Baxter Healthcare (Deerfield, Illinois) and the American National Red Cross (Washington) reported that they have signed a new, long-term plasma procurement contract. Under this new agreement, Baxter will purchase plasma from the Red Cross, effective July 1. Based upon a strategic review of its Plasma Services business, the Red Cross informed Baxter that it intended to exit the plasma therapeutics business. As a result, the parties agreed to terminate their long-standing, contract manufacturing arrangement for the processing of plasma products.
"This new agreement permits Baxter to continue to utilize its existing capacity for plasma processing and enhances our manufacturing flexibility and efficiency," said Joy Amundson, president of Baxter's BioScience business. "Our goal is also to ensure there is no interruption of supply in the marketplace and we intend to offer our products and leading patient support and service programs to the patients and customers who today rely on Red Cross branded plasma therapies."
Based on the prior arrangement with the Red Cross, Baxter had dedicated capacity at its fractionation facility in Los Angeles for the processing of Red Cross plasma products. Baxter said it does not expect any material change to its level of plasma production as a result of the new plasma procurement agreement.
Baxter expects the financial impact from the new arrangement to be immaterial in 2005 and expects an increase in annual revenues of antibody therapy and other plasma protein products of about $100 million in 2006 due to the change from the Red Cross contract manufacturing arrangement to direct sales of plasma products. Other financial terms of the agreement were not disclosed.
Infection risk efforts intensified
Lumetra (San Francisco) reported progress in surgical infection prevention in the wake of a recent Archives of Surgery study highlighting the need for more consistent practices to address infections. Lumetra said it will intensify its work with local hospitals to redesign procedures and protocols so that surgical patients are given antibiotics within 60 minutes before surgery begins, the timeframe most effective for preventing infections.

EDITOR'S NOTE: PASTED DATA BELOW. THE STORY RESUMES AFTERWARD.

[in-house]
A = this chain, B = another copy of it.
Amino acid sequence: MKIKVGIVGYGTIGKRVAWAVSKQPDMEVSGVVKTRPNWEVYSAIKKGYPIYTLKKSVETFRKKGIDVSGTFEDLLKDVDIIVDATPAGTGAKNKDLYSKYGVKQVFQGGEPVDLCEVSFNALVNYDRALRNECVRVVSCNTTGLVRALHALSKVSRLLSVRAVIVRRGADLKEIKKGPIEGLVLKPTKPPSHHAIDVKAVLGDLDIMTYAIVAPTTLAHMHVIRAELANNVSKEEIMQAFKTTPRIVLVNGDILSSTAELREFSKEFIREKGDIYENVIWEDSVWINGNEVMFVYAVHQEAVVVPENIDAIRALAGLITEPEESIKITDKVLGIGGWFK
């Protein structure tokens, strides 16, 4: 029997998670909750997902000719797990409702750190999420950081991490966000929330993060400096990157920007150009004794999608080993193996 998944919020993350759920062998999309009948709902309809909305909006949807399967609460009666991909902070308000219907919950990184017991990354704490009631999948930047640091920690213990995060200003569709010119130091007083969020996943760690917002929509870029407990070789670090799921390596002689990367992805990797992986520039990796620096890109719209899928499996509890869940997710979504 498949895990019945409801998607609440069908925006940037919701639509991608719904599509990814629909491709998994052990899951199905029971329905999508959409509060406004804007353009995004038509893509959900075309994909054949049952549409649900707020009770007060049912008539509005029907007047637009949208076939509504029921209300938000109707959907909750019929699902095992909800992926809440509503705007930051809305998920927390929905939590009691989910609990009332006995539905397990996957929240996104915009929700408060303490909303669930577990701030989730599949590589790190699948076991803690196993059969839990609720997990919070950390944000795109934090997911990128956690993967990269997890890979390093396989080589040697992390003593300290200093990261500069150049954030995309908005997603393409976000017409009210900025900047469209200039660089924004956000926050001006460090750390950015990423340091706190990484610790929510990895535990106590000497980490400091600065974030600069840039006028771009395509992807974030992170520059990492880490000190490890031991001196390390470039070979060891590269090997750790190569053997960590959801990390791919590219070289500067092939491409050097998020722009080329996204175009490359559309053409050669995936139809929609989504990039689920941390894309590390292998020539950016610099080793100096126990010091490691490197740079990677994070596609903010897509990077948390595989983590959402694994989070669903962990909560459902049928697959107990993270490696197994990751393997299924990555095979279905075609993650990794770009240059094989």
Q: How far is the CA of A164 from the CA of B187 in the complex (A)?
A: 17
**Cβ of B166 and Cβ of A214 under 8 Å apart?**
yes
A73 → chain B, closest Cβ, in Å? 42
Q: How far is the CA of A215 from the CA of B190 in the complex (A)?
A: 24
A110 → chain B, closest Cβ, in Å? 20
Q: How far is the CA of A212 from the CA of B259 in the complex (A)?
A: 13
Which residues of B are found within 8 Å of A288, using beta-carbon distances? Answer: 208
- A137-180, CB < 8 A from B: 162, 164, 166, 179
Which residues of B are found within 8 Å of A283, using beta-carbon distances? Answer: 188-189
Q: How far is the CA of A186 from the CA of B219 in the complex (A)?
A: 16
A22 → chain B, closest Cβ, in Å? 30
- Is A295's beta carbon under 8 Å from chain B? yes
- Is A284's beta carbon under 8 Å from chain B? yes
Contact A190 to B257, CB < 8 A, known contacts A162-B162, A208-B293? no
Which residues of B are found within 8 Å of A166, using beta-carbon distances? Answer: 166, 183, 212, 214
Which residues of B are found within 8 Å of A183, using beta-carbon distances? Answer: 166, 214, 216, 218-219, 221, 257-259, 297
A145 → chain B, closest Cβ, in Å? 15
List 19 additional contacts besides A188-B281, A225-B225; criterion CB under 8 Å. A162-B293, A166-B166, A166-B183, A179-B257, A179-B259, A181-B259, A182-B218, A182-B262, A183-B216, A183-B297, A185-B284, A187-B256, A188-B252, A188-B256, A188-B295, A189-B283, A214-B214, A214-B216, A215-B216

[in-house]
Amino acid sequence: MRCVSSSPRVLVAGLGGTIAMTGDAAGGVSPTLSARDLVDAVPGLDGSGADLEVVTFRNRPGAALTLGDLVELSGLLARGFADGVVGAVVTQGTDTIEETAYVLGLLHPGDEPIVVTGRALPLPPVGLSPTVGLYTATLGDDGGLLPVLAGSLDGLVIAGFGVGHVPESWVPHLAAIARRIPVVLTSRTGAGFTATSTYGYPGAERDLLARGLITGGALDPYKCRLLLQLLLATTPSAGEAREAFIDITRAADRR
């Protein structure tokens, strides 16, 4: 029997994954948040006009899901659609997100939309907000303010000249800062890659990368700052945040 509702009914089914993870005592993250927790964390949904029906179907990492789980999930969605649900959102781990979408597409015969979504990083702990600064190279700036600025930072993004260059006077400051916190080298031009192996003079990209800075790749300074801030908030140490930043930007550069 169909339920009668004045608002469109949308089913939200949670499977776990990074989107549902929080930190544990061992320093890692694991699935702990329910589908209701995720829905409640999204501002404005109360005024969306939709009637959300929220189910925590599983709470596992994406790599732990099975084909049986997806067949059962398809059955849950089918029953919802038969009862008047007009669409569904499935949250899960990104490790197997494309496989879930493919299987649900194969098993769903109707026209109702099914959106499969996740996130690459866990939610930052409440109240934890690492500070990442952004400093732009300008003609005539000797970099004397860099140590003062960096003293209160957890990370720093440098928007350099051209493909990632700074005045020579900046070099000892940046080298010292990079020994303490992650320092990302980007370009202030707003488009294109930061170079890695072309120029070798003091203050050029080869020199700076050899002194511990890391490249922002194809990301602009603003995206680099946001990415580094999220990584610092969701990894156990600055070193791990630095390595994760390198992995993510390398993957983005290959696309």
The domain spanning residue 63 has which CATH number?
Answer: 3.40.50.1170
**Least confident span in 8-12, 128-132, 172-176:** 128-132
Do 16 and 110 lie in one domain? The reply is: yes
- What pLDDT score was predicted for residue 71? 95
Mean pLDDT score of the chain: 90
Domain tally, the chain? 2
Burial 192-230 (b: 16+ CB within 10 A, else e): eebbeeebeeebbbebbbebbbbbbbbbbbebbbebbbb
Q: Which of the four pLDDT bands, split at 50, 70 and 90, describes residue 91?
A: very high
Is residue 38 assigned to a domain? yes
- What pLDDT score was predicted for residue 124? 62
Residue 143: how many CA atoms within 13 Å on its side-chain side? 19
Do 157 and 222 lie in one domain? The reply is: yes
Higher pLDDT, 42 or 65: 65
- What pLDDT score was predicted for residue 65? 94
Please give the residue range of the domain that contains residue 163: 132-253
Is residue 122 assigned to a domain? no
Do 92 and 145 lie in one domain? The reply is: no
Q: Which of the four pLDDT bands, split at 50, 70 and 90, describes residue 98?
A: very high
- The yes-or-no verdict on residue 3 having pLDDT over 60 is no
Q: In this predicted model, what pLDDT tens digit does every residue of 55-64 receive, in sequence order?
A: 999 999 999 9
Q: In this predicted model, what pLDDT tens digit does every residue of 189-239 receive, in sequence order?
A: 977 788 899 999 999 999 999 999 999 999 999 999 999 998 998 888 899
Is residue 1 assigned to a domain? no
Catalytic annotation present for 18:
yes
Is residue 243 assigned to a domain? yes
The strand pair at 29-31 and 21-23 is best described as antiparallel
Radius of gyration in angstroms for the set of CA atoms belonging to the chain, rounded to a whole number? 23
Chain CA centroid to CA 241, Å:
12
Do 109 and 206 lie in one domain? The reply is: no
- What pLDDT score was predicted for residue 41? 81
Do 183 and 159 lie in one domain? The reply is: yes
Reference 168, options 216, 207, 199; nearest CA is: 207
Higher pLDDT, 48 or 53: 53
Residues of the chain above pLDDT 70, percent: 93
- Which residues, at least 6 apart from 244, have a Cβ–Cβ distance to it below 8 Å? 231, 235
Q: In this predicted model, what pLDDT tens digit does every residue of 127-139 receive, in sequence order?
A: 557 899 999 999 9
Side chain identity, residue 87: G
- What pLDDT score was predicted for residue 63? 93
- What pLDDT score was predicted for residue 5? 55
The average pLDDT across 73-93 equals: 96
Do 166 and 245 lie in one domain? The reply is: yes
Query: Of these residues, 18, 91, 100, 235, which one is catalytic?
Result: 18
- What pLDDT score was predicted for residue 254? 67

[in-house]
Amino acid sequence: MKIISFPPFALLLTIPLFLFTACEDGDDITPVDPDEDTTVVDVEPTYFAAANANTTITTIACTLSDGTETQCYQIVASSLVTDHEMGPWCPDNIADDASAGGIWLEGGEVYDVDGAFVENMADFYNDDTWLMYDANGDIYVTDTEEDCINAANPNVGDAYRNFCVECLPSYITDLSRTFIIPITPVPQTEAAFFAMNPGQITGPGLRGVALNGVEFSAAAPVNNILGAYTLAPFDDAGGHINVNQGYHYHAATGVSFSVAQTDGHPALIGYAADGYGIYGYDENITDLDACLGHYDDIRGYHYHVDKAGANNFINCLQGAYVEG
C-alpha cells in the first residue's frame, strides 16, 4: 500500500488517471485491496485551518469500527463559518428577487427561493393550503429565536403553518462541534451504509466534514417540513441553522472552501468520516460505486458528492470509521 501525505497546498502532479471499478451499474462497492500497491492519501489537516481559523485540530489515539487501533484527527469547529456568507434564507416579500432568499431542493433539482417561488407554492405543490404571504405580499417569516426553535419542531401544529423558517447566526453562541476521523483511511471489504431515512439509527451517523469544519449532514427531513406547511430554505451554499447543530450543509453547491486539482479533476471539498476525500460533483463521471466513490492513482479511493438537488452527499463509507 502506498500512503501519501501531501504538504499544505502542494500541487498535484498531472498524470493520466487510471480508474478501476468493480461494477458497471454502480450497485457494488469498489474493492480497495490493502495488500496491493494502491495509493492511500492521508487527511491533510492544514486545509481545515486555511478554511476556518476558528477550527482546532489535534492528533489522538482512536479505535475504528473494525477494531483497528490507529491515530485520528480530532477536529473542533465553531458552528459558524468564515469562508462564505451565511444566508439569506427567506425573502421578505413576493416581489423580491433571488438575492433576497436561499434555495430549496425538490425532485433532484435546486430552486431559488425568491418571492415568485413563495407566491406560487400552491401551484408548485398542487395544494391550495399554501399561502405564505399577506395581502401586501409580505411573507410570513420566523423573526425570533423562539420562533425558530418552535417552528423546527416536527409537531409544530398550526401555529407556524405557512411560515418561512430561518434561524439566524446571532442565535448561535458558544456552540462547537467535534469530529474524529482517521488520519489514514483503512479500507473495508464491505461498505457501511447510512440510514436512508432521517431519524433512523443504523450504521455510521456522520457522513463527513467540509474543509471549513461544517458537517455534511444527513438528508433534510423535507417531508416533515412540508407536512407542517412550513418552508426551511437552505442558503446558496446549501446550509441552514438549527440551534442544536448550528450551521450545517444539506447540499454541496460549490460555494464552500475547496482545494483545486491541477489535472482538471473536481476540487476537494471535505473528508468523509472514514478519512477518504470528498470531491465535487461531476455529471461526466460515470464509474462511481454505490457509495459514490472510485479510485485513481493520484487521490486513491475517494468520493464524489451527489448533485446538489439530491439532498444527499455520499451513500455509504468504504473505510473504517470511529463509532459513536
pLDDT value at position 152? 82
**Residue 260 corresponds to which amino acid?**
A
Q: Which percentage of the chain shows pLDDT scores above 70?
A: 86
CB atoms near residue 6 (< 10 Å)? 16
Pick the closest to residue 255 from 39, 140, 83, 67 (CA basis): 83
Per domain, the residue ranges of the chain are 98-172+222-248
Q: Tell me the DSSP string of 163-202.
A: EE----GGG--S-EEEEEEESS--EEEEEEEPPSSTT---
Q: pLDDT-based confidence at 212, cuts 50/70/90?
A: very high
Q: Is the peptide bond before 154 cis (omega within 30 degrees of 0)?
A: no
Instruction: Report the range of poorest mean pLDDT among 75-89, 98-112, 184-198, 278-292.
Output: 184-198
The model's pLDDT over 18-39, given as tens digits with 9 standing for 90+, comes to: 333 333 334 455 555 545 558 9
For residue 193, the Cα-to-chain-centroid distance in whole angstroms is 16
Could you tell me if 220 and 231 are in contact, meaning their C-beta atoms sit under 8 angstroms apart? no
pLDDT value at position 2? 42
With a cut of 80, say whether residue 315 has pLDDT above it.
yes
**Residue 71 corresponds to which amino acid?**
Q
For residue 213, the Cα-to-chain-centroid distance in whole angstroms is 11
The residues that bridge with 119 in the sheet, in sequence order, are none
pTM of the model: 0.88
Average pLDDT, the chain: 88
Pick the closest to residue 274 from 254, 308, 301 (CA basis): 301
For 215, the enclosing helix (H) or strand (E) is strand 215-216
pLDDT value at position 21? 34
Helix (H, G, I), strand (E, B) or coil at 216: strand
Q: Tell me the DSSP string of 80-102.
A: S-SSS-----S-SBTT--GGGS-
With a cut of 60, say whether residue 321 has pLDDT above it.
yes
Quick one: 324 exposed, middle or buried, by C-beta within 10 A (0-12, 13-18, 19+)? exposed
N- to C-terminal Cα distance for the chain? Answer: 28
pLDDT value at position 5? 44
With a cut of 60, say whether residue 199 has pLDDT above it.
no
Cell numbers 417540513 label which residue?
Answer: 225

In the study, researchers found that only a little more than half of Medicare beneficiaries undergoing major surgery received antibiotics in the optimal timeframe. They analyzed medical records from 2,965 acute-care hospitals throughout the U.S., involving a random sample of 34,133 Medicare inpatients undergoing major surgeries during 2001 – including open cardiac, vascular, colorectal, total hip, total knee, and hysterectomy. Data was collected in conjunction with the 2002 launch of a surgical infection prevention project jointly sponsored by the Centers for Medicare & Medicaid Services (Baltimore) and the Centers for Disease Control and Prevention (Atlanta).
"Lumetra recognizes the importance of this research and, seeing the opportunity for significant improvement, already has efforts under way to address the problem of surgical infection prevention," said CEO Jo Ellen Hylind Ross.
As part of Medicare's Hospital Quality Initiative, quality improvement organizations such as Lumetra promote rapid resolution of hospital quality issues and sharing of "best practices" to assist hospitals in improving their quality of care in several areas, including surgical infection prevention, heart attack, heart failure and pneumonia.